with Jim and Gayle
In October, we continued our annual salmon fishing on the Columbia
Bob and Patty visited us for a few days. We took them
fishing. One day, we caught 3 salmon; the next day we caught one.
We had beautiful weather this season. That's good news/bad
news. It was really nice out on the water. I never had to
go to my final layer of winter clothing and never had to take my seat
warmers. We only lost a couple of days to bad weather.
Unfortunately, the warm weather meant that the water stayed
warm. The record run of salmon held up downriver from where we
fish making fishing tough. However, we had a record season
(though we had to work for it). We caught 74 adult
salmon, lots of the immature jack salmon. We also caught several
A couple of days, we had dense fog on the river early in the morning.
Jim catching one of the many sturgeon we caught this year.
After fishing, we spent a couple of days in Richland with our
friends Scott and Joan.
We headed south by way of Coburg, OR this year. We needed our
broken windshield fixed.
Since we were in the area, Jim also made an appointment with Pacific
Power to replace the rear wheel speed sensor that was not
working. After 4 hours, Jim stopped their work and told them to
button it back up. They had done nothing except screw around and
charge us $400. We were not happy!
When we tried to leave, the coach would not start. The service
techs swore they hadn't done anything to keep it from starting.
After trying several things, Jim finally got it to start but it was not
easy. Country Coach, a former manufacturer of high end
motorhomes, has a repair facility just down the road so we headed
there. Even though it was late and rainy, they immediately
sent a service tech out. Working with Jim, they concluded
there was a starting battery issue. We were told to pull into one
of their overnight spots and they hooked up a battery charger.
The next morning, the coach was still difficult to start. We were
pulled into their service bays where the tech diagnosed a corroded
battery cable and got us on our way.
Unfortunately, a day later, the coach wouldn't start. By now,
though, Jim had figured out the various things to try to get it to
start. When we got to Indio, he went through the entire battery
circuit and found three failures -- the initial corroded cable, a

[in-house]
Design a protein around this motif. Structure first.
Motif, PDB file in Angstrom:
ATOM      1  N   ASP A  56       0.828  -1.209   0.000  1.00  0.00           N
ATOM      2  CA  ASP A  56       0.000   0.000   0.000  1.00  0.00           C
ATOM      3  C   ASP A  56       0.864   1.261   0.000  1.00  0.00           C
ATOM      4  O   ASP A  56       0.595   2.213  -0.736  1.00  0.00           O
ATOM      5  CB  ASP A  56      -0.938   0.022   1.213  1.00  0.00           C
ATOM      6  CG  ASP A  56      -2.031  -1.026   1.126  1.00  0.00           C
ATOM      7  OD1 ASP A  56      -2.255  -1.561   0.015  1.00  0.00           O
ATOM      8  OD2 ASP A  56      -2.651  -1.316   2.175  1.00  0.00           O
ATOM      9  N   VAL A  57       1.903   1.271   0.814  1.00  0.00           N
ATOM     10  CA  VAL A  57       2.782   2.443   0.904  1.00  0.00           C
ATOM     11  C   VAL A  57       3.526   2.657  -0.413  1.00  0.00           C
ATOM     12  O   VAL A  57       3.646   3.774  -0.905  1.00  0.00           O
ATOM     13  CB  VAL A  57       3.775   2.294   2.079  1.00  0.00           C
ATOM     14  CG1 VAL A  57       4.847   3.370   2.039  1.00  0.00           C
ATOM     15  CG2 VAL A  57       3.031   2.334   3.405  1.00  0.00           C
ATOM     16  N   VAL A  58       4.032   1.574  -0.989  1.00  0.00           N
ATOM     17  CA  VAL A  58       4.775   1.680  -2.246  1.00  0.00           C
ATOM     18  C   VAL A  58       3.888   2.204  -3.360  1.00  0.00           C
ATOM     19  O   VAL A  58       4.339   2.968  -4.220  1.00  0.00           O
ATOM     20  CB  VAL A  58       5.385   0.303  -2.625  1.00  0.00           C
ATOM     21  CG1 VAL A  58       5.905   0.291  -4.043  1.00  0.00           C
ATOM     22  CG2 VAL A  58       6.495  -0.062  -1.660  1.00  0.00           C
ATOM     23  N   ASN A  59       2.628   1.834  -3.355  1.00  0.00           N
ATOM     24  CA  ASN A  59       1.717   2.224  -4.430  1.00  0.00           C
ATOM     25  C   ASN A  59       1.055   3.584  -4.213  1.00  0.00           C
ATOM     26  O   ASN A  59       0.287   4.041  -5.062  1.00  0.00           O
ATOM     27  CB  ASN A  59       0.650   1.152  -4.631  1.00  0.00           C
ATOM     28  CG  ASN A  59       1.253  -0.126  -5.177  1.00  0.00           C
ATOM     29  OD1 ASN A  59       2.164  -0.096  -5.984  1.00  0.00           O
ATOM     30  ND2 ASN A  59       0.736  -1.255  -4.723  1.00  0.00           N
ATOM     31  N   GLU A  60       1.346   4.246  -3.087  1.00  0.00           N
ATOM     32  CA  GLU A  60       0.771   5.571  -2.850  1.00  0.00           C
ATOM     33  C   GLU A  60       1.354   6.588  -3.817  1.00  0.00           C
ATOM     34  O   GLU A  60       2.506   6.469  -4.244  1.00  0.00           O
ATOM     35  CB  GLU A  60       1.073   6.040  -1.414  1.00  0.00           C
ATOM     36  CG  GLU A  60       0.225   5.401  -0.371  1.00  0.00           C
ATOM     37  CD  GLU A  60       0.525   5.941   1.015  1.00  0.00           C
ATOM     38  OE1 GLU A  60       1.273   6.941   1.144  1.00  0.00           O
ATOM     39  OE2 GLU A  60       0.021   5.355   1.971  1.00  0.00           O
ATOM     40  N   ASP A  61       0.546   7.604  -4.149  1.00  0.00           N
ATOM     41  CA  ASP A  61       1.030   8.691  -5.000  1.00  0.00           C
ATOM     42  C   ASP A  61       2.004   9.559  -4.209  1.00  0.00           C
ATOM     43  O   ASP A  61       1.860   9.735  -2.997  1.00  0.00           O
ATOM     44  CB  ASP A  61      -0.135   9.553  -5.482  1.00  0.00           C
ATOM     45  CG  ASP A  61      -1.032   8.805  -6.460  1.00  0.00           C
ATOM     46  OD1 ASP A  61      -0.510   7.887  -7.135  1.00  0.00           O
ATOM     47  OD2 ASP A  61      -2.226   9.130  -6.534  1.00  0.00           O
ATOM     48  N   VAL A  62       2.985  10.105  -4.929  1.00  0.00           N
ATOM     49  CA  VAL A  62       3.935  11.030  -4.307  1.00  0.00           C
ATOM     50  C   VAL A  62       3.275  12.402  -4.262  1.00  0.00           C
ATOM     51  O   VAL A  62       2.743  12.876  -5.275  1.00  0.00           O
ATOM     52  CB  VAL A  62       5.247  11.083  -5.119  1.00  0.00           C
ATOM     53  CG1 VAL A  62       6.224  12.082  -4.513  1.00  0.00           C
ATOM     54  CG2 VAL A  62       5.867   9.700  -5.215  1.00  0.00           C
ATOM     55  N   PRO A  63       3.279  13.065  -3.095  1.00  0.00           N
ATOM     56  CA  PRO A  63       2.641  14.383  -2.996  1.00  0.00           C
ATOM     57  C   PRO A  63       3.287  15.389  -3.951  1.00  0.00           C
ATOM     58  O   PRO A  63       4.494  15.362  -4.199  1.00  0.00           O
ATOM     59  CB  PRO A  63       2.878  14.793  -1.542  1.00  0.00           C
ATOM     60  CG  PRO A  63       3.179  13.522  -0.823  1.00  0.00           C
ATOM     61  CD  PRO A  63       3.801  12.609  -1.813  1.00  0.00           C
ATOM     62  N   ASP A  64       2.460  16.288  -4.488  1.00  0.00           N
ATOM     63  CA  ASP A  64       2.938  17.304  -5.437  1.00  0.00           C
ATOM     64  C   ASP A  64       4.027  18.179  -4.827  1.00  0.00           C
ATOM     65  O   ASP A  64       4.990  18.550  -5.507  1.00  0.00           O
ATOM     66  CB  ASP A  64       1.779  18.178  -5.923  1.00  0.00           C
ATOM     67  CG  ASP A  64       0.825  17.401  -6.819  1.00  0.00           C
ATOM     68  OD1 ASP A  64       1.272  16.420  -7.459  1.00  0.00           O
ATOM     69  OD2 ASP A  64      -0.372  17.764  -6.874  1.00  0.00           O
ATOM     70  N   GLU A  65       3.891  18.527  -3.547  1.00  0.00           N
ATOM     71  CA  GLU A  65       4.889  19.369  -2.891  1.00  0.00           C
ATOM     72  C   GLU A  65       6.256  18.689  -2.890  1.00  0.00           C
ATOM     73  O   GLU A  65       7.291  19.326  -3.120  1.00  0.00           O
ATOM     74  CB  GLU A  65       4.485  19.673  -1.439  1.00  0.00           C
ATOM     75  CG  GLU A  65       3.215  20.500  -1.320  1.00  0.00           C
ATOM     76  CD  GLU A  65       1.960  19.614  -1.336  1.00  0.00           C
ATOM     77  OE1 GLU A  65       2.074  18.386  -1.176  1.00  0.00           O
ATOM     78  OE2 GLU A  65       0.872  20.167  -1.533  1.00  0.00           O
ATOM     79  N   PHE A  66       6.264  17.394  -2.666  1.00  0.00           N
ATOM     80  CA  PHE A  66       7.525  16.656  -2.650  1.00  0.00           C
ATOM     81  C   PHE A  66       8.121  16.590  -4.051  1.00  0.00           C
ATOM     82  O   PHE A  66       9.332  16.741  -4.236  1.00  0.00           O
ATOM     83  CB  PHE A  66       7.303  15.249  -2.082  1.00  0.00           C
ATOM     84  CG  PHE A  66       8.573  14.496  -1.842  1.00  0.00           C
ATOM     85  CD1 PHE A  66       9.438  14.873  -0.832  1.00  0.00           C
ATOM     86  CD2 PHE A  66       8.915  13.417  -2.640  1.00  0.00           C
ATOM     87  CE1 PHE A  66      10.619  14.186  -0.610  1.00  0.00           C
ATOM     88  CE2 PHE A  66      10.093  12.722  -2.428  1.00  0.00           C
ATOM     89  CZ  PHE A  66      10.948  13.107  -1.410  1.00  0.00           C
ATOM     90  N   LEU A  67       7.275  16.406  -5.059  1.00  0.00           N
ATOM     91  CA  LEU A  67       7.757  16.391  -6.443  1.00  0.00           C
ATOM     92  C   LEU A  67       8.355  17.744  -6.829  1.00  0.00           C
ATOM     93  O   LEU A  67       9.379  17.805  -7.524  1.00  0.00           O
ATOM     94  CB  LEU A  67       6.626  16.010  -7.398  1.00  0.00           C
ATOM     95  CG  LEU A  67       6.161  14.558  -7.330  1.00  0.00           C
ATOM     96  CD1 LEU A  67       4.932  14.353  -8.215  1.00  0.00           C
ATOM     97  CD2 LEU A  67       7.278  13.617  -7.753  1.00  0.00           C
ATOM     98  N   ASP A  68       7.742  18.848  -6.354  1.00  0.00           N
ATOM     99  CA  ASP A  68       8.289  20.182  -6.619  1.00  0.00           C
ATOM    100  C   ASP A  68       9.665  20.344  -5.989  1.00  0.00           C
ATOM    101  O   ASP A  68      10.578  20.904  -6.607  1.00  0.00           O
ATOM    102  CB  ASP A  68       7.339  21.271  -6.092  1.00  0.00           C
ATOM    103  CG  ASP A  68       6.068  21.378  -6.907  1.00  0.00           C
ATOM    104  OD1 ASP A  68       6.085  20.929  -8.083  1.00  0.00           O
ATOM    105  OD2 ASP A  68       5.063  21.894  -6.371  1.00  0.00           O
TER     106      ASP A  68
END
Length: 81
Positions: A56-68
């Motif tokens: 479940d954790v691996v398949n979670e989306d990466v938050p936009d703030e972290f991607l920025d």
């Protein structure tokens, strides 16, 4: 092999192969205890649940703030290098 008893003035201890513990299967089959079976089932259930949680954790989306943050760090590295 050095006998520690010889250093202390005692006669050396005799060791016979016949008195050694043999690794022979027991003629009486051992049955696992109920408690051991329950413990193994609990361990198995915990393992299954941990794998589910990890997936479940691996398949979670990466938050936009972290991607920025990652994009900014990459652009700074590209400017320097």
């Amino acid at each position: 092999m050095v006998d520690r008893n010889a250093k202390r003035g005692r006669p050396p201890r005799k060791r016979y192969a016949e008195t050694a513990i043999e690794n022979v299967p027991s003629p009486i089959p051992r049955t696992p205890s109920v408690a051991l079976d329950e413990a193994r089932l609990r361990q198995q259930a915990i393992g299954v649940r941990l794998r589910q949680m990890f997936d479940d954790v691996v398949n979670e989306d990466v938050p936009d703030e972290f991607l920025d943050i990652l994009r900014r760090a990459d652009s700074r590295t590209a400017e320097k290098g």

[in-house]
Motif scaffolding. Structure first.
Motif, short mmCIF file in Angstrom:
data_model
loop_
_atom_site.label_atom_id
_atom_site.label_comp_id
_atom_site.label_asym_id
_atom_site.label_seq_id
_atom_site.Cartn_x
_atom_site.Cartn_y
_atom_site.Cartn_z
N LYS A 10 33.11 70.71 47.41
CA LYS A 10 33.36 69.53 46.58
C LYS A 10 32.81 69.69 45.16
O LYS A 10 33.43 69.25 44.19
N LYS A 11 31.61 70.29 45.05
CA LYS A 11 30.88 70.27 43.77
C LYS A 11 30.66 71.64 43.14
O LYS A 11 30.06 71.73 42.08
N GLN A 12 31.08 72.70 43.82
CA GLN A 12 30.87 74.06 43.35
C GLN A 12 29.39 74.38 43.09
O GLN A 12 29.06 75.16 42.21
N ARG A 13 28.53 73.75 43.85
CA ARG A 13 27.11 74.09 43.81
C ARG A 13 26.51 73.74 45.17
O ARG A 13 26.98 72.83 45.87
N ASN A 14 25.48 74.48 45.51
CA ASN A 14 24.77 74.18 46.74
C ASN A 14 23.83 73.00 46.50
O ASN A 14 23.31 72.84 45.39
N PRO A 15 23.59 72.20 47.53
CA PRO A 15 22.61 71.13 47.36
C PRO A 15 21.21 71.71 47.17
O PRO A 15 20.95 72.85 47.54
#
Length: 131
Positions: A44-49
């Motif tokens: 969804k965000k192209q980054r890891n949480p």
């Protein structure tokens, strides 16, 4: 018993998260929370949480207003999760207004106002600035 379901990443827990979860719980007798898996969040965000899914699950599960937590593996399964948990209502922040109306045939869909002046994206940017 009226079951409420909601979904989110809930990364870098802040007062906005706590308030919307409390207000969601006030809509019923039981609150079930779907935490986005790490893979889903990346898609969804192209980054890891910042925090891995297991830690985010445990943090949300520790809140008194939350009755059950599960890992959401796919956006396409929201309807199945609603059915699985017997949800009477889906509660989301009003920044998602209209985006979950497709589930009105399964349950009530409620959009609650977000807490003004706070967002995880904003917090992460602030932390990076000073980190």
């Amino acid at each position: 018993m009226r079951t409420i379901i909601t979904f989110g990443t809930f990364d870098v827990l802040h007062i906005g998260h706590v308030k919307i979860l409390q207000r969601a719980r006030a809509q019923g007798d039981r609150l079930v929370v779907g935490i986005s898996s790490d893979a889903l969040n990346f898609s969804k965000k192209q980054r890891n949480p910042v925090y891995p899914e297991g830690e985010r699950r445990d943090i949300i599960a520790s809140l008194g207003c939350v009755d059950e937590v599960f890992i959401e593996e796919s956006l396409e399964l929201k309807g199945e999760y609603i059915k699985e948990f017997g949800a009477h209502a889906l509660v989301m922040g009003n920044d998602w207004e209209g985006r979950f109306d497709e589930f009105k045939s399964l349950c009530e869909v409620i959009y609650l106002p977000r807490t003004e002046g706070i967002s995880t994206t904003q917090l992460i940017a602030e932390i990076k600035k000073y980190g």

failed boost switch, and one of the three batteries was bad. He
has fixed the boost switch and bypassed the failed battery. The
coach starts fine now.
Unfortunately, the coach continued to be problematic. Driving
down the road, it started to overheat. Jim pulled off the road
but couldn't find anything wrong. Hoping it was just a bad
sensor, he waited a while for the coach to cool down and we continued
on, but the coach overheated again. This time, Jim felt we were
really stuck. He told me to get the towing instructions out as we
would have to be towed to a repair shop. However, as he was
telling me this, he thought of one more thing to try. He found
that the cooling fans for the radiator were not turning. He was
able to bypass the controller and run the fans full speed. This
worked and we were able to make it to Indio in this manner. Once
in Indio, Jim was able to repair the failed part. What a miracle
After finally making it to Indio, there was still no rest. We
had to clean up the lot (friends had washed it off which was
nice). The batteries in the golf cart were dead so Jim installed
new ones (they're heavy!).
Jim also decided he didn't like the electric flushing toilet so he
replaced it with a manual toilet (it's always something...).
It was not all work. I started playing some pickleball and
even had friends over for a salmon dinner.
Jim continues to do miscellaneous projects around the coach and
lot. One of my favorite is he installed a strip of LED lights on
the edge of the awning over our outside counter. Boy, it turns
night into day! It is really nice.
Ron and Eric (Mary Ellen's husband and son) joined us for
Thanksgiving. It was a nice afternoon.
Mary Ellen is missed.
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